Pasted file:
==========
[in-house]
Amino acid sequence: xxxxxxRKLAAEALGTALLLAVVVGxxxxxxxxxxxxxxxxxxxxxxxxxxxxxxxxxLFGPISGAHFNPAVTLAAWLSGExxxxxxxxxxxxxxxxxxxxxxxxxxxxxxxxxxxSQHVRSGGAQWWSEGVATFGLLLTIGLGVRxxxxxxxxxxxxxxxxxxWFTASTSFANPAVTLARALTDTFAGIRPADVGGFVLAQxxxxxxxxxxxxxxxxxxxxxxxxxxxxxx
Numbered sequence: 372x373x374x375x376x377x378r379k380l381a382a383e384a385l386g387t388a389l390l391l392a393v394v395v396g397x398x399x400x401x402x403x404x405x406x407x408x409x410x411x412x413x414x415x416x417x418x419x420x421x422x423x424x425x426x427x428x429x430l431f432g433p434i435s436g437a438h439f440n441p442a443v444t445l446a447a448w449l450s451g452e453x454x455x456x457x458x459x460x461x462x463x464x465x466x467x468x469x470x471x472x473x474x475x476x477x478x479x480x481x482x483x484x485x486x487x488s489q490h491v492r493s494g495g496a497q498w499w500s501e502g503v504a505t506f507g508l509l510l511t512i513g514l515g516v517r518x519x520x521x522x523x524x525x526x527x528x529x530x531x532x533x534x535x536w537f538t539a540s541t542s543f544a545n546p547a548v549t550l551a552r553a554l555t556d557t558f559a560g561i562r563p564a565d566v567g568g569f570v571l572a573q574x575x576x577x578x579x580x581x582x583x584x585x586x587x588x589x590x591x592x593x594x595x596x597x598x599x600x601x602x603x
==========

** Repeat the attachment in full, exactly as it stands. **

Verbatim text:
[in-house]
Amino acid sequence: xxxxxxRKLAAEALGTALLLAVVVGxxxxxxxxxxxxxxxxxxxxxxxxxxxxxxxxxLFGPISGAHFNPAVTLAAWLSGExxxxxxxxxxxxxxxxxxxxxxxxxxxxxxxxxxxSQHVRSGGAQWWSEGVATFGLLLTIGLGVRxxxxxxxxxxxxxxxxxxWFTASTSFANPAVTLARALTDTFAGIRPADVGGFVLAQxxxxxxxxxxxxxxxxxxxxxxxxxxxxxx
Numbered sequence: 372x373x374x375x376x377x378r379k380l381a382a383e384a385l386g387t388a389l390l391l392a393v394v395v396g397x398x399x400x401x402x403x404x405x406x407x408x409x410x411x412x413x414x415x416x417x418x419x420x421x422x423x424x425x426x427x428x429x430l431f432g433p434i435s436g437a438h439f440n441p442a443v444t445l446a447a448w449l450s451g452e453x454x455x456x457x458x459x460x461x462x463x464x465x466x467x468x469x470x471x472x473x474x475x476x477x478x479x480x481x482x483x484x485x486x487x488s489q490h491v492r493s494g495g496a497q498w499w500s501e502g503v504a505t506f507g508l509l510l511t512i513g514l515g516v517r518x519x520x521x522x523x524x525x526x527x528x529x530x531x532x533x534x535x536w537f538t539a540s541t542s543f544a545n546p547a548v549t550l551a552r553a554l555t556d557t558f559a560g561i562r563p564a565d566v567g568g569f570v571l572a573q574x575x576x577x578x579x580x581x582x583x584x585x586x587x588x589x590x591x592x593x594x595x596x597x598x599x600x601x602x603x